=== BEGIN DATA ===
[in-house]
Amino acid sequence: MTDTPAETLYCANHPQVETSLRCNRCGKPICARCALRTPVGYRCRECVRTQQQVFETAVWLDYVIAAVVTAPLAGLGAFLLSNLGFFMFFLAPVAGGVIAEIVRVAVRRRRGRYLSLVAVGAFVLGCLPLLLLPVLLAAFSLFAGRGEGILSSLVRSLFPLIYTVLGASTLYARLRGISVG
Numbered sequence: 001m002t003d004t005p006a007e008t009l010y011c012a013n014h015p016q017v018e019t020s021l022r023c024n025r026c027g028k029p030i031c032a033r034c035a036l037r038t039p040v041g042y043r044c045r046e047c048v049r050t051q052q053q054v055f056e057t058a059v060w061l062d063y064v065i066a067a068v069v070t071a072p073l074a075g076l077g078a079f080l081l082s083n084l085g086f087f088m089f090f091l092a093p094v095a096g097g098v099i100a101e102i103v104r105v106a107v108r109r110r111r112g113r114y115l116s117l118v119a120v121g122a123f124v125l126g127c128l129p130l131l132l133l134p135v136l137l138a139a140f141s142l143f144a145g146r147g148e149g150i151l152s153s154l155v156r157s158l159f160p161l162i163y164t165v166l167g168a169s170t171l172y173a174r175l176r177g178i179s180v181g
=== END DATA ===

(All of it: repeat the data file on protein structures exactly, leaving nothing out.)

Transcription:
[in-house]
Amino acid sequence: MTDTPAETLYCANHPQVETSLRCNRCGKPICARCALRTPVGYRCRECVRTQQQVFETAVWLDYVIAAVVTAPLAGLGAFLLSNLGFFMFFLAPVAGGVIAEIVRVAVRRRRGRYLSLVAVGAFVLGCLPLLLLPVLLAAFSLFAGRGEGILSSLVRSLFPLIYTVLGASTLYARLRGISVG
Numbered sequence: 001m002t003d004t005p006a007e008t009l010y011c012a013n014h015p016q017v018e019t020s021l022r023c024n025r026c027g028k029p030i031c032a033r034c035a036l037r038t039p040v041g042y043r044c045r046e047c048v049r050t051q052q053q054v055f056e057t058a059v060w061l062d063y064v065i066a067a068v069v070t071a072p073l074a075g076l077g078a079f080l081l082s083n084l085g086f087f088m089f090f091l092a093p094v095a096g097g098v099i100a101e102i103v104r105v106a107v108r109r110r111r112g113r114y115l116s117l118v119a120v121g122a123f124v125l126g127c128l129p130l131l132l133l134p135v136l137l138a139a140f141s142l143f144a145g146r147g148e149g150i151l152s153s154l155v156r157s158l159f160p161l162i163y164t165v166l167g168a169s170t171l172y173a174r175l176r177g178i179s180v181g